Evidence concerning the effects of microwaves on birds is conflicting, but it is clear that overt effects can be produced if power densities are sufficiently high. Tanner and his collaborators (1965-1969) have shown that intense microwave fields (average power 10-50 mW/cm2) can cause temporary muscular and neurophysiological disturbances in chickens, pigeons, gulls, and budgerigars. Responses to these fields included extension of legs and wings, unsteadiness of gait, and collapse. Of particular relevance to the deterrent potential were the experiments of Tanner et al. (1969) that showed that the feeding behaviour of caged Leghorns could be changed by radiating at an intensity of 40 mW/cm2 one of two feeding containers. The chickens chose to feed at the non-irradiated food source. After 12 days of irradiation, the hens did not return to the pre-radiation patterns of feeding until four days after the radiation ceased. Furthermore, they immediately avoided the radiated area when radiation commenced again. These levels of radiation, however, are considerably higher than levels that are safe for humans.
A few studies have reported that radars have caused behavioral changes in flying birds (Poor 1946; Drost 1949; Knorr 1954; Hild 1971; Wagner 1972). However, numerous other investigators using both similar radars (Eastwood and Rider 1964; Gehring 1967; Houghton and Laird 1967; Bruderer 1971; Able 1974, and many others) and higher-powered tracking radars (e.g. Williams et al. 1972; Emlen 1974) have not noticed strange behaviours in the birds that they were tracking, even at close distances.
Short et al. (1996) briefly described a study being developed to investigate the ability of birds to detect modulated radar signals, and the possible use of modulated radar signals to deter birds. The strength of this radar would be at levels below those dangerous to birds or people.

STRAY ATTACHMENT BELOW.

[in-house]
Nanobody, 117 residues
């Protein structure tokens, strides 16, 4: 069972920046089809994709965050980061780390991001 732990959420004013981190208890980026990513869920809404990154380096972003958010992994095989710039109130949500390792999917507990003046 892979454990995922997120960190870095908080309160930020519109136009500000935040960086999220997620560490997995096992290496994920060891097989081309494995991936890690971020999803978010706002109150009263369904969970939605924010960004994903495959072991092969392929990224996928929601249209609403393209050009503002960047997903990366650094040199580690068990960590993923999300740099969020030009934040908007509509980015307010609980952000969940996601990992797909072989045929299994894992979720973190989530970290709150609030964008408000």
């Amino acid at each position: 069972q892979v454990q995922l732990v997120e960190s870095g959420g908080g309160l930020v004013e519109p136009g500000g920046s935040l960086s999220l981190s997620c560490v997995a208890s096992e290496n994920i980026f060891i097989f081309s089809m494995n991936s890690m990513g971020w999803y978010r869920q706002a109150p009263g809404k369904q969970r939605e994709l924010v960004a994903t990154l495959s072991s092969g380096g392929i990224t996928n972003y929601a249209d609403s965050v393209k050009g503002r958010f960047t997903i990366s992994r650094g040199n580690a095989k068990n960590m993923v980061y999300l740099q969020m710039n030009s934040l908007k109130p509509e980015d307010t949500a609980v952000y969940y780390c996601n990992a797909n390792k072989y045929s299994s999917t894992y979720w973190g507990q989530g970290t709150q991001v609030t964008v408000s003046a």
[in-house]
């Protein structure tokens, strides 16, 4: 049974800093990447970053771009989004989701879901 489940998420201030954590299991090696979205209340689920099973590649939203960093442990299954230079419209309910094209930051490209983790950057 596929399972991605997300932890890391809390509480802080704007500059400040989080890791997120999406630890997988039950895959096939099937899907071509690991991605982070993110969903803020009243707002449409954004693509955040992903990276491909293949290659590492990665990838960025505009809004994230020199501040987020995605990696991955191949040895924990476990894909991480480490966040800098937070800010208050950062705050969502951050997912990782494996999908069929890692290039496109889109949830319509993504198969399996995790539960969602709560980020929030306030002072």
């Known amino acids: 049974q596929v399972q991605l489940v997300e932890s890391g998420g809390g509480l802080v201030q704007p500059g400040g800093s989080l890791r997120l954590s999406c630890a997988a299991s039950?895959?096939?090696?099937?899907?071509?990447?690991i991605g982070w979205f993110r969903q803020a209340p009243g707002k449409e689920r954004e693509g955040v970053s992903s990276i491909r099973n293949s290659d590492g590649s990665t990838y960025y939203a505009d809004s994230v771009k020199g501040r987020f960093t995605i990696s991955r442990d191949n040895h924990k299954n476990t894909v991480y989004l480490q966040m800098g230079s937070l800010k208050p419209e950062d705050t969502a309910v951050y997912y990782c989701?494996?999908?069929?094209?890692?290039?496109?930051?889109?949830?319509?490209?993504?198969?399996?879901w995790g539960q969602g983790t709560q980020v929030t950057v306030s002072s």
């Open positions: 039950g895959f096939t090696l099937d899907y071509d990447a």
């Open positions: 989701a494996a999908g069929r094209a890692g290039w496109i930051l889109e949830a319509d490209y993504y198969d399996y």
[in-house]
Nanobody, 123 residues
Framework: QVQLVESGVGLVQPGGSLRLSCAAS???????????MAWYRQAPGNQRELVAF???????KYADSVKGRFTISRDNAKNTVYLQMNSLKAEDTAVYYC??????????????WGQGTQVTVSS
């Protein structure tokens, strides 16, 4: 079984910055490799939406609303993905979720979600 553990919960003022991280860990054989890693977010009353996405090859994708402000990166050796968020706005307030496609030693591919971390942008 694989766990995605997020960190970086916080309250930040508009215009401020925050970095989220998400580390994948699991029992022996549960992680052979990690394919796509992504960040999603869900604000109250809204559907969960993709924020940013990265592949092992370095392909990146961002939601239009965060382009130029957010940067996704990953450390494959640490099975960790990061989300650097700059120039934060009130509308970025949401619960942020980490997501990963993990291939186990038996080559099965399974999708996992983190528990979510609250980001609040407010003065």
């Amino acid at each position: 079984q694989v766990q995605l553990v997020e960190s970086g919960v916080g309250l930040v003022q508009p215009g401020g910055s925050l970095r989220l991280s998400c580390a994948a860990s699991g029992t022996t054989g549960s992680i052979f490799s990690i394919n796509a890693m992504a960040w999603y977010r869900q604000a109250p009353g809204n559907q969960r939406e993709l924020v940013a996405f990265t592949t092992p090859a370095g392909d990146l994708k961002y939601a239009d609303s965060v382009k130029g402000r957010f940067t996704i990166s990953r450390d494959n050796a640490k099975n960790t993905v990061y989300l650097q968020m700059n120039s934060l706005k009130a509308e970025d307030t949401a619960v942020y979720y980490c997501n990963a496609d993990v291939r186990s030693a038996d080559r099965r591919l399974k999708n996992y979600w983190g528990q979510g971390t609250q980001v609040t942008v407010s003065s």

Evaluation. – Available evidence suggests that microwave radiation does not deter birds unless power levels are high enough to pose a potential hazard to humans and perhaps the birds themselves. Microwaves have not been adopted as a practical or safe bird deterrent technique (Hunt 1973; BSCE 1988).
Recommendation. – Not recommended.
Literature Reviewed. – Able 1974; Assenheim et al. 1979; Bruderer 1971; BSCE 1988; Burger 1983; Byman et al. 1985; Drost 1949; Eastwood and Rider 1964; Emlen 1974; Frey and Messenger 1973; Gehring 1967; Hild 1971; Houghton and Laird 1967; Hunt 1973; King et al. 1971; Knorr 1954; Koski and Richardson 1976; Poor 1946; Seubert 1965; Steneck et al. 1980; Stern et al. 1979; Tanner 1965, 1966; Tanner et al. 1967, 1969; Wagner 1972; Williams et al. 1972.
Description. – Lasers produce high energy electro-magnetic waves.
Biological Basis. – The electro-magnetic energy associated with lasers can cause stress, discomfort, and behavioral effects in both birds and mammals (including humans). If the energy is powerful enough, heating and physical damage can occur. The hypothesis is that birds would leave areas where they were disturbed in this manner.
Literature. – Lasers have been suggested as a technique for dispersing birds (Lustick 1972, 1973; Lawrence et al. 1975). Although Lustick's experiments suggested that starlings, mallards, and herring gulls were disturbed by either pulsed or continuous laser light, the light had to be directed at sensitive areas on the birds. When aimed at the feathers, birds did not react even though the laser was capable of igniting their feathers.
Seubert (1965) described experiments in which caged gulls were exposed to pulsing lasers. Pulsed light at low powers (1-2 joules) produced some flinching but no distress or alarm calls. Light pulses of 100-200 joules directed at the birds singed feathers and caused bleeding in the bird's eyes. However, the gulls reacted no more to the stronger light than to the 1-2 joule light. A continuous laser was also tested (power not stated) but the gulls looked directly into the beam of intense red light with no appearance of discomfort.
More recently, Mossler (1980) tested whether the beam from a helium-neon laser would deter gulls at a landfill from feeding on highly-attractive food. The gulls showed some limited behavioural reactions to the laser beam, but it did not deter them from feeding.
Evaluation. – Although lasers may in some situations be able to disperse birds, the required power levels would be hazardous to humans. Therefore, lasers are not practical as bird deterrents at airfields.
Recommendation. – Not recommended.
Literature Reviewed. – Burger 1983; Frey and Messenger 1973; Koski and Richardson 1976; Lawrence et al. 1975; Lustick 1972, 1973; Mossler 1980; Seubert 1965.